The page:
Mumbai: Harried Yes Bank depositors rushed to ATMs to withdraw cash but faced multitude of problems, including closed down machines and long queues, after the Reserve Bank of India, placed the bank under a moratorium, capping maximum withdrawals at Rs 50,000 per account for a month.
Aggravating the problems of depositors were difficulties accessing the internet banking channel, which ensured that they can't transfer the funds online as well.
At an ATM in south Mumbai's Horniman Circle, with the RBI headquarters overlooking it, the shutters were pulled down.
The guard on duty said the machine was non-operational before he reported to work late in the evening and he was ordered to shut it after 2200 hrs.
In the residential area of suburban Chembur, one ATM was dispensing cash but had a long queue of anxious depositors.
One man said it was still possible to withdraw up to Rs 50,000 in multiple transactions from the machine.
However, another machine nearby had run dry within minutes of the RBI announcement, a woman said.
The regulatory actions, undertaken by the RBI and the government, came hours after finance ministry sources confirmed that SBI was directed to bail out the troubled lender.
For the next month, Yes Bank will led by the RBI-appointed administrator Prashant Kumar, an ex-chief financial officer of SBI.
SBI Board Gives 'in-Principle' Approval for Investment
Meanwhile, public sector State Bank of India (SBI) board has given the largest lender an "in-principle" approval to invest in the capital-starved Yes Bank.
The central board of SBI discussed the matter at a meeting on Thursday, it informed the exchanges.
The announcement came hours after Yes Bank was placed under a moratorium, with the RBI capping deposit withdrawals at Rs 50,000 per account for a month and superseding its board.
"The matter in regard to Yes Bank was discussed at the meeting of the central board of bank on Thursday and an in-principle approval has been given by the board to explore investment opportunity in the bank," the SBI board informed the bourses late in the evening.
According to reports, the government has asked SBI and life insurance behemoth LIC to collectively pick up a 49% stake in Yes Bank.
Speaking in Davos, Switzerland, earlier this year, SBI chairman Rajnish Kumar said Yes Bank, which had over Rs 2 lakh crore in deposits as of September, will not be allowed to go down.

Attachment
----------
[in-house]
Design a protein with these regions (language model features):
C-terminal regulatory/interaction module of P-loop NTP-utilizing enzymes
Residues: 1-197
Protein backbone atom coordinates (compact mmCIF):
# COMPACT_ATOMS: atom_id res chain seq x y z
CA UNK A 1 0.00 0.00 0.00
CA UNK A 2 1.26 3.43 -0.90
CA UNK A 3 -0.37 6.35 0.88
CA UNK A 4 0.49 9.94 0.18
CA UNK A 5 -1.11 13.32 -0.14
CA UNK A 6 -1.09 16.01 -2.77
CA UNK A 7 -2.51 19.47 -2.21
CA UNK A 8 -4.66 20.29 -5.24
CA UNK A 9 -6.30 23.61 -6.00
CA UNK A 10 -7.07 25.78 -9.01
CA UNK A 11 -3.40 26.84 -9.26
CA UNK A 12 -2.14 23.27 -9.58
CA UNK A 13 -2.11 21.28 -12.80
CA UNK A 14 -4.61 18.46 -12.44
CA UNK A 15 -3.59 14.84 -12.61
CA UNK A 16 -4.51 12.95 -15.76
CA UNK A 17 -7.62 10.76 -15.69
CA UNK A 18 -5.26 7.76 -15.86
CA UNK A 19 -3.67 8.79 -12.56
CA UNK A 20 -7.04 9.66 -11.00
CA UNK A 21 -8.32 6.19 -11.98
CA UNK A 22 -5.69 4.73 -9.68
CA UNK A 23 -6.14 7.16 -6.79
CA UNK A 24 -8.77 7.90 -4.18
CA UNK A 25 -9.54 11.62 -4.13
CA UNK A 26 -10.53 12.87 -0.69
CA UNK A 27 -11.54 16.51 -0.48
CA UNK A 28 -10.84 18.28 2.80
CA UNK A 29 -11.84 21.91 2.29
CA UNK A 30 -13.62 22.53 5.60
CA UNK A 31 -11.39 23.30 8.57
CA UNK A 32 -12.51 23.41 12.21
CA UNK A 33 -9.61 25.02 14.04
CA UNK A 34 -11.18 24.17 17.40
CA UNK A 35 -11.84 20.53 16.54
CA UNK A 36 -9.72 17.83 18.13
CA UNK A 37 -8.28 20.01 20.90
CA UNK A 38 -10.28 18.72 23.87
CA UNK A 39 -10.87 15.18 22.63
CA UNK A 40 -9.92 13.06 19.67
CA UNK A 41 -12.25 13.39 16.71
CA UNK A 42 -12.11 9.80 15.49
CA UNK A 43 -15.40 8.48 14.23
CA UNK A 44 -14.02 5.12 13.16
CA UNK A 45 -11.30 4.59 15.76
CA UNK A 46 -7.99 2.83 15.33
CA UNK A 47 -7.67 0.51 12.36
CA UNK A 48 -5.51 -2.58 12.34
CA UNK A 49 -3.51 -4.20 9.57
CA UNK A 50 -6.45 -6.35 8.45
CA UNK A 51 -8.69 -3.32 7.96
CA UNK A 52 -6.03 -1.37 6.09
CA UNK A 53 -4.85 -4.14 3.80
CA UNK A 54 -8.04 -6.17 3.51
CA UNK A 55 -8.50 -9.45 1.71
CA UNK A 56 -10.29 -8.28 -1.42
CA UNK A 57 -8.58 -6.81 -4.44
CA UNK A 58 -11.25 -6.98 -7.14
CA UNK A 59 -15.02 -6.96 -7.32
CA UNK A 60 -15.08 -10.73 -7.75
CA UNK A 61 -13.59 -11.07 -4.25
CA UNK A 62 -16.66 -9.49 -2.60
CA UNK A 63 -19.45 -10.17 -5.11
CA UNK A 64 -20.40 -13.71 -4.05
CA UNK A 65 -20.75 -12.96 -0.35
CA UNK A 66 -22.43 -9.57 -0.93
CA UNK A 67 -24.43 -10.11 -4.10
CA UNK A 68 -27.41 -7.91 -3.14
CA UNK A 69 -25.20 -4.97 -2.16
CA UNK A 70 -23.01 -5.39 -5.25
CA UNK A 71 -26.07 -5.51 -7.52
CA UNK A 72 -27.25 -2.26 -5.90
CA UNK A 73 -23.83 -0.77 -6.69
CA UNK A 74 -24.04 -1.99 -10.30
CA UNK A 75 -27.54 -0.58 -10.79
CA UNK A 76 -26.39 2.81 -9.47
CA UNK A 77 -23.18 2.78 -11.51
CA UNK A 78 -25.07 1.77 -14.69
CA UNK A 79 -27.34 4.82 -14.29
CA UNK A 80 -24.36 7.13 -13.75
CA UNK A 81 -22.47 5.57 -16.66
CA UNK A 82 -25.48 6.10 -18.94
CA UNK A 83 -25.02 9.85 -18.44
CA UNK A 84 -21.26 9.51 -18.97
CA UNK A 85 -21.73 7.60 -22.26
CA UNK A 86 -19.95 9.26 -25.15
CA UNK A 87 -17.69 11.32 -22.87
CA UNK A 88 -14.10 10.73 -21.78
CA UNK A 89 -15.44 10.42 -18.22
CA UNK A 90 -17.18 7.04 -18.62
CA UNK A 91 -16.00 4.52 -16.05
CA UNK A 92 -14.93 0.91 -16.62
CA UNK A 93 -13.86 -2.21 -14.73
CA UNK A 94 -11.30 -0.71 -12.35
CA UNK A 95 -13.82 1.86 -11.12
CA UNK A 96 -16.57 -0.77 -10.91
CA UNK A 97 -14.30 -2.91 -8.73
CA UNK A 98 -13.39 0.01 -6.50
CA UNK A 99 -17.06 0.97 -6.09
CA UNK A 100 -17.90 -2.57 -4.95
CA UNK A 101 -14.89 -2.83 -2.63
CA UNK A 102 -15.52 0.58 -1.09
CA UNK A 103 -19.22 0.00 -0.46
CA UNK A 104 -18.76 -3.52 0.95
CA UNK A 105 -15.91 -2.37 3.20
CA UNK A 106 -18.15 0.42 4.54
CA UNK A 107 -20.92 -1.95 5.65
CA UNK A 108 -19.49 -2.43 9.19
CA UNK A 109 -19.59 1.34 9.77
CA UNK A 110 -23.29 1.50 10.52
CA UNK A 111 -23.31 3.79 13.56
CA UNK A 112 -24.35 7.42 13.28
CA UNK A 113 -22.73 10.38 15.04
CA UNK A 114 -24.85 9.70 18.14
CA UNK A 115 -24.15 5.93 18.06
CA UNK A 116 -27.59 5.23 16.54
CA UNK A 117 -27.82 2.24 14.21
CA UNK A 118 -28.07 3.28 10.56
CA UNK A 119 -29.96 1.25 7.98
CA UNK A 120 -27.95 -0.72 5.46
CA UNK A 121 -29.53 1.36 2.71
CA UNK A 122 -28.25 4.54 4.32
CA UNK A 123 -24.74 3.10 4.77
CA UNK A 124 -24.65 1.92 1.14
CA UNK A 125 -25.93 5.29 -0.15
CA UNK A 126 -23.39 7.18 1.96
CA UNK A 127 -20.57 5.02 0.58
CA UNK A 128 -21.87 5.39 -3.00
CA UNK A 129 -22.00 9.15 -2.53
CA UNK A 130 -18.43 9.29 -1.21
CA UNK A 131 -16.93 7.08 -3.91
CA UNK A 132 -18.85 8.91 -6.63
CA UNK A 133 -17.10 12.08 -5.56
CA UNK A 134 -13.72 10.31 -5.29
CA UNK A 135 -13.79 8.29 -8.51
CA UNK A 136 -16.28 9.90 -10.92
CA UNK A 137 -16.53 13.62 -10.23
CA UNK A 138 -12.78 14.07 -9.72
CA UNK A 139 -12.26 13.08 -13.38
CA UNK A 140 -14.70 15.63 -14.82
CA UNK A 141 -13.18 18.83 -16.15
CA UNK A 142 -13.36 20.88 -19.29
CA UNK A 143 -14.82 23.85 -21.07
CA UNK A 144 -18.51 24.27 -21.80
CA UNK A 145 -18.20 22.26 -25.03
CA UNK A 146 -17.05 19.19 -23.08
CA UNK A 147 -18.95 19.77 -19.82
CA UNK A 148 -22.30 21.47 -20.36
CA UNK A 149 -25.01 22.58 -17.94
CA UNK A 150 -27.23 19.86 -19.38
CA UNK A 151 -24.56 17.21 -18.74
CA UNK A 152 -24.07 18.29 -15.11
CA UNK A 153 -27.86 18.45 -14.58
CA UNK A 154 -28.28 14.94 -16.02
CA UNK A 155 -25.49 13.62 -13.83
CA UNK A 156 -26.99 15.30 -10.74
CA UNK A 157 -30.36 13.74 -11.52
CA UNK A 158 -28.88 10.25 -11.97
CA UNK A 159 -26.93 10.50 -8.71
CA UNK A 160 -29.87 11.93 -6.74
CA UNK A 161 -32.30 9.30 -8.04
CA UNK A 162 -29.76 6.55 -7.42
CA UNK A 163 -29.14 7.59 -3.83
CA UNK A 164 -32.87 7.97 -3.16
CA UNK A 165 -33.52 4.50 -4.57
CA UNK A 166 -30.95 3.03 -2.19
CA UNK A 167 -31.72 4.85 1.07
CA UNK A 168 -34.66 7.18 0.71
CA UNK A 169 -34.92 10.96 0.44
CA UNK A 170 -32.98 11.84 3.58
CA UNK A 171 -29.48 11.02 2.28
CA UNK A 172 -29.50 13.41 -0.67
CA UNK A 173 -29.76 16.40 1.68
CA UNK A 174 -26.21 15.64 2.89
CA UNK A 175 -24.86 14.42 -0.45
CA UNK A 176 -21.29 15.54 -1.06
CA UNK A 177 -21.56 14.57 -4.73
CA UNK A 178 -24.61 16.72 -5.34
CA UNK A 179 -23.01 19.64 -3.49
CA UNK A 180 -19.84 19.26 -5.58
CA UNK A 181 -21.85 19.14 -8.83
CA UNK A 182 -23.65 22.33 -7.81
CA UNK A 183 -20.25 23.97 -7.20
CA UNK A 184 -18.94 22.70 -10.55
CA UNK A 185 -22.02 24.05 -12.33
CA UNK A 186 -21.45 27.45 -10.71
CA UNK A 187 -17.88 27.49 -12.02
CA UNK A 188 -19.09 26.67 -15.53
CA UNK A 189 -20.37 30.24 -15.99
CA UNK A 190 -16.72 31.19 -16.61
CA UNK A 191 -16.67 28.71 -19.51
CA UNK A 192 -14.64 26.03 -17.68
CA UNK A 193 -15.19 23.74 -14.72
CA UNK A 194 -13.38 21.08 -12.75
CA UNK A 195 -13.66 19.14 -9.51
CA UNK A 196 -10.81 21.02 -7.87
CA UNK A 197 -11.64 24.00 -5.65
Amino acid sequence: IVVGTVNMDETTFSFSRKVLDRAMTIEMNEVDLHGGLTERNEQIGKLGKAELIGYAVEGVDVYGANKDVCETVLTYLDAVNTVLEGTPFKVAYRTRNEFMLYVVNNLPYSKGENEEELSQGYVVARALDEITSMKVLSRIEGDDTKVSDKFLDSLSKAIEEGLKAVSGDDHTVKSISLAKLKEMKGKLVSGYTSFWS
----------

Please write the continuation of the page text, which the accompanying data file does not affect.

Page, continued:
Appreciating its investments in technology, he said the bank has a strong brand.
Earlier, Kumar also suggested that Yes Bank's rival Kotak Mahindra Bank is best placed to take-over the lender.
Yes Bank's Digital Partners Like PhonePe Hit
After Yes Bank was placed under moratorium, digital payments were impacted as PhonePe, which depends on the cash-strapped lender for its transactions, could not operate.
It can be noted that the bank's own net banking facilities have not been operational since last evening. Other fintech operators who rely on Yes Bank to settle their transactions are also down.
“We sincerely regret the long outage. Our partner bank (Yes Bank) was placed under moratorium by RBI. Entire team's been working all night to get services back up asap (as soon as possible),” the app's chief executive Sameer Nigam tweeted early in the morning.
PhonePe, one of the country's largest digital payment platforms, is dependent on Yes Bank to process its transactions.
He added that the app hopes to be live in a “few hours”.
RBI Guv says Yes Bank Resolution Within 30 Day
Meanwhile, The Reserve Bank of India assured Yes Bank depositors that their interest will be fully protected and that there is no need to panic.
In Mumbai, RBI governor Shaktikanta Das said the Yes Bank resolution will be done very swiftly; 30 days is outer limit, he said.
The regulatory actions on Thursday, undertaken by the RBI and the government, came hours after finance ministry sources confirmed that SBI was directed to bail out the troubled lender.